What sparked your inspiration to begin this project?

I've always wanted to do this project. We got an email from our faculty about our season being cancelled [due to COVID-19 safety reasons] and they had a brainstorming [list] of projects like things you could do to perform... One of [the ideas] on the list was site-specific productions and the first thing that came to my mind was doing a production outdoors because it just seemed like the natural fit and obviously, with COVID, the risk with being outdoors-it gets minimized a lot. So, I approached Jake Waford who became my producing partner. Then, we went to the faculty and hit the ground running!

What are the details of the performance? How can people see and support the production?

The production is free! Which is awesome. I think it's gonna be a first-come first-serve basis. Hopefully, we'll be raising money for a charity or organization, and then a donation would be greatly appreciated. [More information TBA]

You've done a remarkable job in our process thus far. Do you have any aspirations to be a director? And what have you learned about directing from this process?

I do! I think it's always been my little secret that I've always wanted to direct, and I've never let myself have that opportunity. I'm very grateful that I have the opportunity to do it with a group of people that I love and feel safe and comfortable working with and have been so awesome to be my first cast. I've learned that there are a lot of drafts of everything-that if I spend enough time alone me and myself with the script, then there will be a million-and-five drafts of it by the time I get into the rehearsal room. My favorite thing to do is throw it all away once I get the people there and have whatever I've thought about the scenes or the sequences kind of be the fuel to get me through it. But throwing it all away and seeing what happens in the room magically from those people is so much more exciting and that they kind of can see where I'm going with it because I've spent so much time with it. You create a team essentially, which is really cool. I don't feel like I'm directing alone.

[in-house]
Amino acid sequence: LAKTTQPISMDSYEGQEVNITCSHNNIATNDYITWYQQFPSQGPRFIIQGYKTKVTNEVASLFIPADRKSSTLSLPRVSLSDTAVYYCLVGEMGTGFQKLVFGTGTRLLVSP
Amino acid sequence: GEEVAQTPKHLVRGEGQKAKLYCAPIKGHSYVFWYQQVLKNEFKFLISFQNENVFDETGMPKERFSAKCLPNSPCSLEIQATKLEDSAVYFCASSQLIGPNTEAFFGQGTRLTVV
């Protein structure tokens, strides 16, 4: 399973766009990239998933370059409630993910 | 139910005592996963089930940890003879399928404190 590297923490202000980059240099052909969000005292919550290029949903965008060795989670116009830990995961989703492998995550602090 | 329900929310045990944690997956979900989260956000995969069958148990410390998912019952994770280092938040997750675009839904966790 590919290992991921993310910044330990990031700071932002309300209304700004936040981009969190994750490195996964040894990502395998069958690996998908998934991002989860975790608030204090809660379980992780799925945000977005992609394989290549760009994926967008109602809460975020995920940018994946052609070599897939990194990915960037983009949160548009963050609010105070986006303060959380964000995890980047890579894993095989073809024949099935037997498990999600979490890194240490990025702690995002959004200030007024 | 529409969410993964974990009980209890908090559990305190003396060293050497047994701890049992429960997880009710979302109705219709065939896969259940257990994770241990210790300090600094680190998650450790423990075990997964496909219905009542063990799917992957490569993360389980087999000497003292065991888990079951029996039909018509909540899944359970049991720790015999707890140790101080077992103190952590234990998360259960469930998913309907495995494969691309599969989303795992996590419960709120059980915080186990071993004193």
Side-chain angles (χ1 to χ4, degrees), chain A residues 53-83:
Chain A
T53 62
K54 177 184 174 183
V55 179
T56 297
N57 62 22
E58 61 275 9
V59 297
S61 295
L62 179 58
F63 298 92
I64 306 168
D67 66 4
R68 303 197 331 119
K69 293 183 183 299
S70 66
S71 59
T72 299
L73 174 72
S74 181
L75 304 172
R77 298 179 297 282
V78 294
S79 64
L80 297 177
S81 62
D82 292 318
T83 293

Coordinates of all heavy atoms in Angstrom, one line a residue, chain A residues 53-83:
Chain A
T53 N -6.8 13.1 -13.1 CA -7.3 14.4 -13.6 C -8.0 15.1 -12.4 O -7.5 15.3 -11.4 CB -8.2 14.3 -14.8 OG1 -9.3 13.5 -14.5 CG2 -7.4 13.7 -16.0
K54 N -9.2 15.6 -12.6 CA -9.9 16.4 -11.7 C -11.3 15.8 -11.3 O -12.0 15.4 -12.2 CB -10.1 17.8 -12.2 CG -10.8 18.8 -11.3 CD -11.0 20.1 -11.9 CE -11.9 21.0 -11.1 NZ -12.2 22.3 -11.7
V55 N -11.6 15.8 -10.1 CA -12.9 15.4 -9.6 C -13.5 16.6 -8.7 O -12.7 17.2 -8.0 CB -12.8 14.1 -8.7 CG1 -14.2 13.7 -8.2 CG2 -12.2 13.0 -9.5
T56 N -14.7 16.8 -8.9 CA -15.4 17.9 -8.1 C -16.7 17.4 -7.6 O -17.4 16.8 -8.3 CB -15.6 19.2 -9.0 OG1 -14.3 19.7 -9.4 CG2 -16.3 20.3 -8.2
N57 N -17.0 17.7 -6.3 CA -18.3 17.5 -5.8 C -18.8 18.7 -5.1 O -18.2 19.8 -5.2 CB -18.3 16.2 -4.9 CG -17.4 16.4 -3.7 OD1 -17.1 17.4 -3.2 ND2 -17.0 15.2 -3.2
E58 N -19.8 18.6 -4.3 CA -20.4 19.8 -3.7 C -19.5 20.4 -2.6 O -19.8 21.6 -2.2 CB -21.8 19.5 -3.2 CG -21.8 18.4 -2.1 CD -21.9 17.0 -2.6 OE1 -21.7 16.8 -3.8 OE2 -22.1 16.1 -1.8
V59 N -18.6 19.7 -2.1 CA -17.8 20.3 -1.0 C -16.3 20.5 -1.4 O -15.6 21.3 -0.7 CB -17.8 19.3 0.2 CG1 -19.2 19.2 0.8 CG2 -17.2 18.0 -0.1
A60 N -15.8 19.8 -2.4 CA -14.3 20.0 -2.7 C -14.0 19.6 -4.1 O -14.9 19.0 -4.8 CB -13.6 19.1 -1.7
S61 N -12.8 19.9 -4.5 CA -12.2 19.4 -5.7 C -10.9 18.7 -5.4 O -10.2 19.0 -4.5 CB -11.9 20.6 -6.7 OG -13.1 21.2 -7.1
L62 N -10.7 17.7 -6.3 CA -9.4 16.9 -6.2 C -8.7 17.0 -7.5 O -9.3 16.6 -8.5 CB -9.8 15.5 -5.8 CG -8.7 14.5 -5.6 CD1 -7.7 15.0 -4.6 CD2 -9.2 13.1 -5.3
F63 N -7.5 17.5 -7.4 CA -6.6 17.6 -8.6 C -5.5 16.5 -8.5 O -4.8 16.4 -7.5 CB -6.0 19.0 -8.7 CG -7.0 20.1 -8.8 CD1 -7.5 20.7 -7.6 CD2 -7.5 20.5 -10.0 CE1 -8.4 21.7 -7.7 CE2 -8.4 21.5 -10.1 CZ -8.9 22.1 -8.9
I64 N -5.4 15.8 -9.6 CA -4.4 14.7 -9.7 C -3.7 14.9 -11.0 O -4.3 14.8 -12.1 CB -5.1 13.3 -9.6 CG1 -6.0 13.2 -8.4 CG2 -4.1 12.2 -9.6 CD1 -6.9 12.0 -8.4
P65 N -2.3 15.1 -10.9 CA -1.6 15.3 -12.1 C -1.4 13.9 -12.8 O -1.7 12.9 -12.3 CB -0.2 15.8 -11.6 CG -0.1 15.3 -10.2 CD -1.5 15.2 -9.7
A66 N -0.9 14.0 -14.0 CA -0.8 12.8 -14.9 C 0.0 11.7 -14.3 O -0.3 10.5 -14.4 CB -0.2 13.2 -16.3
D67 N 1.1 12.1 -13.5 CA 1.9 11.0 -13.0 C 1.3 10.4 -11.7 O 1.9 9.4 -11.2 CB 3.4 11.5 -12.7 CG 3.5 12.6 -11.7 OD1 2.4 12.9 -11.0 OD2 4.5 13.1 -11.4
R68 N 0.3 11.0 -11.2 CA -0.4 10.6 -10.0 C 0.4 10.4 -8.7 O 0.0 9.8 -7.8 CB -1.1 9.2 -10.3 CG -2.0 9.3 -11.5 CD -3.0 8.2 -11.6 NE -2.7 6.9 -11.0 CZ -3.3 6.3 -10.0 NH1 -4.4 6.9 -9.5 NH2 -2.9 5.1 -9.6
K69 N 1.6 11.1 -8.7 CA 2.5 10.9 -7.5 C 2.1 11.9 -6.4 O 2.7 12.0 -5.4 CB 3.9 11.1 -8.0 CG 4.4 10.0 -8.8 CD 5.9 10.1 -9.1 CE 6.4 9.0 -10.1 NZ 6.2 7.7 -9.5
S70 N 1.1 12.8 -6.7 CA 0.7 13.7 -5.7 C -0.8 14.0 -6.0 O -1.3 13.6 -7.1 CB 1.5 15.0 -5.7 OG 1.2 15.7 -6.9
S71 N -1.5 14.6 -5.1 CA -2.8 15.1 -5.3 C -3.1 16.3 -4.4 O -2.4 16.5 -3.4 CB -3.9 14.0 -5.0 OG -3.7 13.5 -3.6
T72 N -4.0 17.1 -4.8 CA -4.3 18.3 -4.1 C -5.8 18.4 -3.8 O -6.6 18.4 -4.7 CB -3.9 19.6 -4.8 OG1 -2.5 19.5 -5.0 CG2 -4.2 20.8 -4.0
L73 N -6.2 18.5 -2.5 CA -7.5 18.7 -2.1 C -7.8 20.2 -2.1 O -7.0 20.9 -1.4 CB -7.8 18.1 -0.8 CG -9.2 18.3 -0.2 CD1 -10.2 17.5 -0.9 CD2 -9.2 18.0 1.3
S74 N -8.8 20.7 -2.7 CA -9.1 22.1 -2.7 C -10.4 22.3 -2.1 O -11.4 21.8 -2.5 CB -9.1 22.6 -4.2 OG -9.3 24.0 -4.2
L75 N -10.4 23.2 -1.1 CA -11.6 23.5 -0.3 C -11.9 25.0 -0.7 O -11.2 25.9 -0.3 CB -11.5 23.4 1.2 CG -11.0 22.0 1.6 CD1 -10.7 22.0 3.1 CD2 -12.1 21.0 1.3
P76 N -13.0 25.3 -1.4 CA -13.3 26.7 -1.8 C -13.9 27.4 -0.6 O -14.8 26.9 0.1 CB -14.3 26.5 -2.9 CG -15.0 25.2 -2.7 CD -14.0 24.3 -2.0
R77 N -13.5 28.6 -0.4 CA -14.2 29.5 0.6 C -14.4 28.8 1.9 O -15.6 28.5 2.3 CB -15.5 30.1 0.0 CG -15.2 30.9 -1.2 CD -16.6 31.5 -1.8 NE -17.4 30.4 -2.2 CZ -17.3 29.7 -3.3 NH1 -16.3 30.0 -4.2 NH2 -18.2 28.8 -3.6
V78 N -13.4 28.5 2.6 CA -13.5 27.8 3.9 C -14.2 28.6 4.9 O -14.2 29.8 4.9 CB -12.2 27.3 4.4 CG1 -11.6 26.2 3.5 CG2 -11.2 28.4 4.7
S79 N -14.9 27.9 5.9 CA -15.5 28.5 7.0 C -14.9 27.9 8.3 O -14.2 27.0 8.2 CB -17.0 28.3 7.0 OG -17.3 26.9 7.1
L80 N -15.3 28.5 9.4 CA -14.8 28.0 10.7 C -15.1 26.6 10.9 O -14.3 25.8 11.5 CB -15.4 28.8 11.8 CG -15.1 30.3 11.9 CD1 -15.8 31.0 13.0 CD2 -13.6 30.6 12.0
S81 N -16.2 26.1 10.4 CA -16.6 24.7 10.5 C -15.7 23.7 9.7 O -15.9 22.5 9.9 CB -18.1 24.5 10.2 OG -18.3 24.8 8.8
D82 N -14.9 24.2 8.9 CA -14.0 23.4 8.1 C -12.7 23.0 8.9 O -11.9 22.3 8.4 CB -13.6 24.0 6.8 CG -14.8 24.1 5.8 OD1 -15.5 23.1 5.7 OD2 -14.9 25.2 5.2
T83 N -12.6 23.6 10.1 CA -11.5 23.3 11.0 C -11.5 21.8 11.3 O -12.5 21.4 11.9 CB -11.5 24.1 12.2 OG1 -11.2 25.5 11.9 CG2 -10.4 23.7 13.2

I think it's really incredible that you've created this opportunity for so many students here at CCM to practice what we love. What advice do you have for students like you and me who are striving to stay creative during this time?

I think we hear a lot to "think small", and I think that that's not necessarily always the best. You can always explode your biggest idea, and then you can start narrowing it down. With this, it was like: "A production outside during a pandemic!" But you can start making that large idea smaller if you figure out what is essential to the storytelling. Then, it becomes doable as opposed to thinking really small projects because then, we're gonna get really homogenous theatre.

Related Articles

From This Author - Student Blogger: Cassie Maurer